Construction sector facing ‘ominous future’ amid sharp fall in confidence
Market confidence in Scotland’s construction sector has fallen sharply with workloads, profit margins and employment anticipated to fall over the coming twelve months.
The Royal Institute of Chartered Surveyors (RICS) said its headline statistic for workloads north of the border fell into negative territory for the first time in nearly four years as the deterioration in momentum that has resulted from social distancing measures is expected to continue.
Its Q1 2020 RICS Construction and Infrastructure Market Survey found a net balance of -39% expected profit margins to be lower in a year’s time, with a net balance of -17% and -14% expecting workloads and employment to be respectively lower in the same timeframe.
Chartered surveyor John Pascoe, of John Pascoe CQS in Aberdeen, said: “The impact is impossible to gauge. We have seen projects put on hold, sites closed and there is real uncertainty in the short term and longer term.”
Overall, workloads were reported to have fallen in Q1 according to a net balance of Scottish respondents (-4%). Public housing workloads were seen to be flat over the quarter, whilst private industrial and private commercial workloads were reported to have fallen sharply. Modest increases in infrastructure and private housing workload net balances were recorded.
However, the survey responses, across the UK, when analysed by date of submission clearly show weaker sentiment coinciding with the stricter lockdown. Survey responses that were received from March 5 until March 26 were still indicating a broadly resilient picture for the sector, with the majority of contributors reporting a pick-up in headline workloads (net balance of +16%). After this date, between March 27 and April 7, responses unsurprisingly signalled a sharp downturn in workloads with a net balance of -21% of respondents reporting a decline.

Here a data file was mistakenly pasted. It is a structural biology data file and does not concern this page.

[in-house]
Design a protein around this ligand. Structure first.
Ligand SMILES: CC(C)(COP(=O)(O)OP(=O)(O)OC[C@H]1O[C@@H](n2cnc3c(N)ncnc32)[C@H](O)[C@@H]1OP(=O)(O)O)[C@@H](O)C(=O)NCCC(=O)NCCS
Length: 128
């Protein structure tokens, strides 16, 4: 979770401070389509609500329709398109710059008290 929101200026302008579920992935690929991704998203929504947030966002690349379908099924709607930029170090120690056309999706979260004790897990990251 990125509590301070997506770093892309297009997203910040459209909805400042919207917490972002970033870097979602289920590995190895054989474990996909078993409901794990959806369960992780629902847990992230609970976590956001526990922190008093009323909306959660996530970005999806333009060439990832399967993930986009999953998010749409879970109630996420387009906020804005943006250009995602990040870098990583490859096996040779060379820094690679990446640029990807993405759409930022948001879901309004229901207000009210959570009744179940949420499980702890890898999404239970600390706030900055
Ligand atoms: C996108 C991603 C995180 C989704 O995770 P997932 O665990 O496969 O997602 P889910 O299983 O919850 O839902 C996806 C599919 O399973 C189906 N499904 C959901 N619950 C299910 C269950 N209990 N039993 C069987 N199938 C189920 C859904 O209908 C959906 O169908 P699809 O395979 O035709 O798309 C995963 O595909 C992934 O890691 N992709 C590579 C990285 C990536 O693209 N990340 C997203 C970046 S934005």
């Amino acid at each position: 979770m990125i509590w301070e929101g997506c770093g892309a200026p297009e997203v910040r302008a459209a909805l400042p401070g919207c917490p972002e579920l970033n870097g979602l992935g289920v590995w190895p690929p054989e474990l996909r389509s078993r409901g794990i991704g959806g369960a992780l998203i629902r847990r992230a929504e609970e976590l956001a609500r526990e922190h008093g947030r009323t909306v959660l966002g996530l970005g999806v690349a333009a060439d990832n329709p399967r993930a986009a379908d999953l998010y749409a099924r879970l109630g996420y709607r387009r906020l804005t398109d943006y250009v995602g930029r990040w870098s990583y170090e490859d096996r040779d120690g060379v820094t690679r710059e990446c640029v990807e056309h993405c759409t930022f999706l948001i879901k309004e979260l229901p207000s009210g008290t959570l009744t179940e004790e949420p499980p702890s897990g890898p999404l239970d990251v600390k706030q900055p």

Hew Edgar, head of government relations at RICS, warned that gaps in government support for the sector need to be addressed.
He said: “The supporting measures that the government introduced in the immediacy for the built environment – covering pay, rent, and business operating costs to name a few – were welcome, but it has become apparent that there are gaps that need addressing; not least parity in approach across the UK.
“The UK Government must start exploring how the sector could taper the reopening of non-essential construction sites within stringent parameters of health and safety adherence; introduce grants; and review how repair and maintenance work could proceed whilst public buildings are not fully occupied. A combination of these will support professionals, the workforce, manufacturers and supply chains by providing a pipeline of work and vital cash flow in the short term.
“Fiscal stimulus is most effective once the construction starts on-site; only then does finance start to flow down the supply chain. As such, the government should explore how best to accelerate and enable the design, planning approval, and procurement of construction projects to ensure construction-ready schemes can start when the pandemic subsides.”
Commenting on the UK picture, Simon Rubinsohn, RICS chief economist, added: “It is hardly a surprise that sentiment in the construction sector fell particularly sharply following the imposition of the lockdown. More ominously, the forward looking metrics have also softened materially, suggesting that it will not simply be a case of returning to where the industry was prior to the onset of COVID-19 as the government begins to ease the lockdown.
“Partly this reflects uncertainty about the likely state of the economy at this point and how this will impact on development, but it is also indicative of the challenge the sector is currently under as it attempts to access government funding to keep heads above water.”
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